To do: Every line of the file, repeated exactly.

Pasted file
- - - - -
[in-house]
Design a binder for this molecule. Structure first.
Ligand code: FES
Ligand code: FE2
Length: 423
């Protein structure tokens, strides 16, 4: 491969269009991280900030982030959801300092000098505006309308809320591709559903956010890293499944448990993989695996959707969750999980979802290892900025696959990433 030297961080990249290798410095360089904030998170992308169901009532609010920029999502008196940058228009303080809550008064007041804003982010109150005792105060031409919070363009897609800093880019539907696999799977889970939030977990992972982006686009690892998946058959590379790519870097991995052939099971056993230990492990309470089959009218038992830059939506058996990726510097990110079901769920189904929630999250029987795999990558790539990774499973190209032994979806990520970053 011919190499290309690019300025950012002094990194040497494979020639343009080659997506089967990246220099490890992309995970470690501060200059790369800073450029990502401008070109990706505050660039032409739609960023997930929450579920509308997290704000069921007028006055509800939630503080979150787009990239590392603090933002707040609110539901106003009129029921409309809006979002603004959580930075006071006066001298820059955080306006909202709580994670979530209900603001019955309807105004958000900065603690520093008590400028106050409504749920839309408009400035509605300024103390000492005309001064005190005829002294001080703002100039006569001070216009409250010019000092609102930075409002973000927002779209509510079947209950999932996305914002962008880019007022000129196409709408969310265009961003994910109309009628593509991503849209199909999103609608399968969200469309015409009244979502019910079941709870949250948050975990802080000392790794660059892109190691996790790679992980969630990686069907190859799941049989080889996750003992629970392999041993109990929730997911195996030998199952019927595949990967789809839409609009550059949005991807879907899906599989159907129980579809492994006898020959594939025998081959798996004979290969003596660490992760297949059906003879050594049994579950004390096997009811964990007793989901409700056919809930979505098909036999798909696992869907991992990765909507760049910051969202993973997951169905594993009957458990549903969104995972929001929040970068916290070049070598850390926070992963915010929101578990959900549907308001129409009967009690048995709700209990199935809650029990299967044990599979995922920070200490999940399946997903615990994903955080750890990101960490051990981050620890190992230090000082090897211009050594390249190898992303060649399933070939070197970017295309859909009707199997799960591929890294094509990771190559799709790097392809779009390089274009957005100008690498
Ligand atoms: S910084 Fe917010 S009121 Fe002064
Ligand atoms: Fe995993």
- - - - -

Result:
[in-house]
Design a binder for this molecule. Structure first.
Ligand code: FES
Ligand code: FE2
Length: 423
């Protein structure tokens, strides 16, 4: 491969269009991280900030982030959801300092000098505006309308809320591709559903956010890293499944448990993989695996959707969750999980979802290892900025696959990433 030297961080990249290798410095360089904030998170992308169901009532609010920029999502008196940058228009303080809550008064007041804003982010109150005792105060031409919070363009897609800093880019539907696999799977889970939030977990992972982006686009690892998946058959590379790519870097991995052939099971056993230990492990309470089959009218038992830059939506058996990726510097990110079901769920189904929630999250029987795999990558790539990774499973190209032994979806990520970053 011919190499290309690019300025950012002094990194040497494979020639343009080659997506089967990246220099490890992309995970470690501060200059790369800073450029990502401008070109990706505050660039032409739609960023997930929450579920509308997290704000069921007028006055509800939630503080979150787009990239590392603090933002707040609110539901106003009129029921409309809006979002603004959580930075006071006066001298820059955080306006909202709580994670979530209900603001019955309807105004958000900065603690520093008590400028106050409504749920839309408009400035509605300024103390000492005309001064005190005829002294001080703002100039006569001070216009409250010019000092609102930075409002973000927002779209509510079947209950999932996305914002962008880019007022000129196409709408969310265009961003994910109309009628593509991503849209199909999103609608399968969200469309015409009244979502019910079941709870949250948050975990802080000392790794660059892109190691996790790679992980969630990686069907190859799941049989080889996750003992629970392999041993109990929730997911195996030998199952019927595949990967789809839409609009550059949005991807879907899906599989159907129980579809492994006898020959594939025998081959798996004979290969003596660490992760297949059906003879050594049994579950004390096997009811964990007793989901409700056919809930979505098909036999798909696992869907991992990765909507760049910051969202993973997951169905594993009957458990549903969104995972929001929040970068916290070049070598850390926070992963915010929101578990959900549907308001129409009967009690048995709700209990199935809650029990299967044990599979995922920070200490999940399946997903615990994903955080750890990101960490051990981050620890190992230090000082090897211009050594390249190898992303060649399933070939070197970017295309859909009707199997799960591929890294094509990771190559799709790097392809779009390089274009957005100008690498
Ligand atoms: S910084 Fe917010 S009121 Fe002064
Ligand atoms: Fe995993």